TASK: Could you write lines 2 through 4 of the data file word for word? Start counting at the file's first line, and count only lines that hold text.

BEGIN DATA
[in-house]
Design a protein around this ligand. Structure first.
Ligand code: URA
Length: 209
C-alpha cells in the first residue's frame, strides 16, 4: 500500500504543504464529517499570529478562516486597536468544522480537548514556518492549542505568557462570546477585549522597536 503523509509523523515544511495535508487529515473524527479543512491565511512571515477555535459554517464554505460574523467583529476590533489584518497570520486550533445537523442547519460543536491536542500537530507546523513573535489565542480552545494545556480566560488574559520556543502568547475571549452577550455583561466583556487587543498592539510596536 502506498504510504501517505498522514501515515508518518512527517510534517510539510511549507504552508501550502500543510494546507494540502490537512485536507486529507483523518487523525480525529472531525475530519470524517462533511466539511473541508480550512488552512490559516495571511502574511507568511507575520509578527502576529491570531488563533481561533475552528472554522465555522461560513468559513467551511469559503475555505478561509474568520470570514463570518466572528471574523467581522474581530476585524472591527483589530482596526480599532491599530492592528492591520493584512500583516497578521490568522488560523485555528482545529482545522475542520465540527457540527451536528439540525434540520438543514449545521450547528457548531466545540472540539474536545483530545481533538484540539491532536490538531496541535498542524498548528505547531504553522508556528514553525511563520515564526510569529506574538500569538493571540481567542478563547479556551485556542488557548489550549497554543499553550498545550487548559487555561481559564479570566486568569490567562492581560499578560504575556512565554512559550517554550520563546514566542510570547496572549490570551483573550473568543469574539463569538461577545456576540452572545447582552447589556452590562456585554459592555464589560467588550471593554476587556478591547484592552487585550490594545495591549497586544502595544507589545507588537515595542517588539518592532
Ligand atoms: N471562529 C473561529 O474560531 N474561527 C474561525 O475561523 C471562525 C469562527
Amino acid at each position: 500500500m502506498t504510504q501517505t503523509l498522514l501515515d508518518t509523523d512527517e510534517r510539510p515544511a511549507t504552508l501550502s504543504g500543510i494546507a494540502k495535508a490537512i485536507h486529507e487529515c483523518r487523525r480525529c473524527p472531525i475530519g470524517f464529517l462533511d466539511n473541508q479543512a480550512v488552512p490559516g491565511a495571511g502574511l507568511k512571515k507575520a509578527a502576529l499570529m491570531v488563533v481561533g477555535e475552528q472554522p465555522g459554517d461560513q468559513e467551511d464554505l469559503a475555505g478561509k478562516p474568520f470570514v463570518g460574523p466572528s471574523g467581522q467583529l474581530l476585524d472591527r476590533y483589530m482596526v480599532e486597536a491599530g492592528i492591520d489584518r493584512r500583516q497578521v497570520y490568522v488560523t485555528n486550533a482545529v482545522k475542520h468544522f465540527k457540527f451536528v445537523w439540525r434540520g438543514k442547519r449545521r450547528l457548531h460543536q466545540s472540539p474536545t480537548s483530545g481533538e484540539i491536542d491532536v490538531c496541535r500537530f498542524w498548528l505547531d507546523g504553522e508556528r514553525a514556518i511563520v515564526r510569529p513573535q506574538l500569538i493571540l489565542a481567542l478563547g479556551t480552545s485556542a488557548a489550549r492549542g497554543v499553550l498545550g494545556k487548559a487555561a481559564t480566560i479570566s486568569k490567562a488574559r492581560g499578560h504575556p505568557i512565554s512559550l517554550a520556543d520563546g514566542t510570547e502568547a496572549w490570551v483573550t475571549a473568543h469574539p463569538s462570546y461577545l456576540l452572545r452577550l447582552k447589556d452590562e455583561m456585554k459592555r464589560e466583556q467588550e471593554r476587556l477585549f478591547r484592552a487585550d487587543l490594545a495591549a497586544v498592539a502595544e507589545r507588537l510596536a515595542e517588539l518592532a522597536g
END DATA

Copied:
Design a protein around this ligand. Structure first.
Ligand code: URA
Length: 209